Paging Pleasure

“When you are with somebody you love the smallest, smallest things can be so important, so amusing because love transforms the world, everything. And was that what had happened?”

Alexander McCall Smith, The Right Attitude to Rain

Alexander (one of my favorite names!) is a prolific author and probably best known for his beloved, long-running The No. 1 Ladies’ Detective Agency series featuring adorable, amateurs sleuths, At 70, he’s still going strong. All this is wonderful, but what I’m really excited about is a long, rhapsodic paean of his to bookstores and books that published in the Scotsman and headlined, “Preserving the Pleasures of the Bookshop:”

“When real bricks and mortar booksellers disappear we are denied the chance to browse. How many times do we enter a bookshop and discover an author we’ve never heard of, or a book that we would never have thought existed but that we feel we would like to read? In a real shop, you can start a life-time love affair with the works of a newly-discovered author, obscure or well-known….

“These local bookshops, intimate in scale in an age of the big and the characterless, are little fortresses dedicated to defending an artefact that survives because we love it so much–the book. Electronic books are all very well, but you can’t touch the text; you can’t smell the paper; you can’t put it on a shelf to remind you of what it says; you can’t wrap it up and give it as a present; you can’t kiss its cover in gratitude. Actual bookshops survive because we love the physicality of the book–and want a real, physical existence rather than a virtual one. Still. Just.”

What a wonderful reminder of the endless joys of bookstore browsing and the pleasures of holding a real book in your hand. While I have friends who enjoy their Kindles and Nooks and audio books, like Alexander, I’m a pager, not a pecker. I love having my books, some battered and some with the bindings unbroken, all around me. Come to my house and you’ll see books everywhere – on shelves, in piles, on tables. I know, I know – I need a clutter consultant! Not to worry — one of my piles includes, The Life-changing Magic of Tidying Up, which I plan to crack open sometime soon.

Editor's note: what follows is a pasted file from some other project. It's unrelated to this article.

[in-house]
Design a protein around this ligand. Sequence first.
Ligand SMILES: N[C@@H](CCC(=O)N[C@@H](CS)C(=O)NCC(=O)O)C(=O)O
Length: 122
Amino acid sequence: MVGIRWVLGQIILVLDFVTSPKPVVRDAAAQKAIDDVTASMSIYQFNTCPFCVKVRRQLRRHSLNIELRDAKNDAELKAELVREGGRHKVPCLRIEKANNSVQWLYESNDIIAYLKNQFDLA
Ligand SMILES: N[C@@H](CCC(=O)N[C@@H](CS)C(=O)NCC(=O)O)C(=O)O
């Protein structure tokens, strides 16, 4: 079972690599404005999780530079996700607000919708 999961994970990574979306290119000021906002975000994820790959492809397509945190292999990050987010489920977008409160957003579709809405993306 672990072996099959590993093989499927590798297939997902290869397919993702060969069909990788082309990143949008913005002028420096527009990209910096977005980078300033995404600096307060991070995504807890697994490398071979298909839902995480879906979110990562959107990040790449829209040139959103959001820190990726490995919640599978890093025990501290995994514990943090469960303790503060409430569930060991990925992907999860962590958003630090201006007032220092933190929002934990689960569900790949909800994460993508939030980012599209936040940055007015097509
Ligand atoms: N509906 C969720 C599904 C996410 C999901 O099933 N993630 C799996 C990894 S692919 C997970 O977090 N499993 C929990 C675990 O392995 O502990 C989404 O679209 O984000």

But all this just goes to say that having real books everywhere soothes and soul-satisfies me. They speak to me of joy and sorrow, of possibilities and journeys completed. So, no matter what, let’s keep going to bookstores and reading real books. And creating them. Write on!

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About karinwritesdangerously

I am a writer and this is a motivational blog designed to help both writers and aspiring writers to push to the next level. Key themes are peak performance, passion, overcoming writing roadblocks, juicing up your creativity, and the joys of writing.
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2 Responses to Paging Pleasure

  1. Jacqueline Stearns says:

    Real books that you can hold rock! Typewriters have soul too. Computers don’t. I imagine the reporters of old, frantically pecking out their stories to meet deadlines!

  2. Hi Jackie,

    Yes, I’m a big fan of old typewriters, too. And I love the way a book feels in my hands,
    how I can turn the pages or easily turn back to reread something. Seeing them all
    around me is comforting. Thanks so much for sharing your thoughts and feelings.

    Write on,

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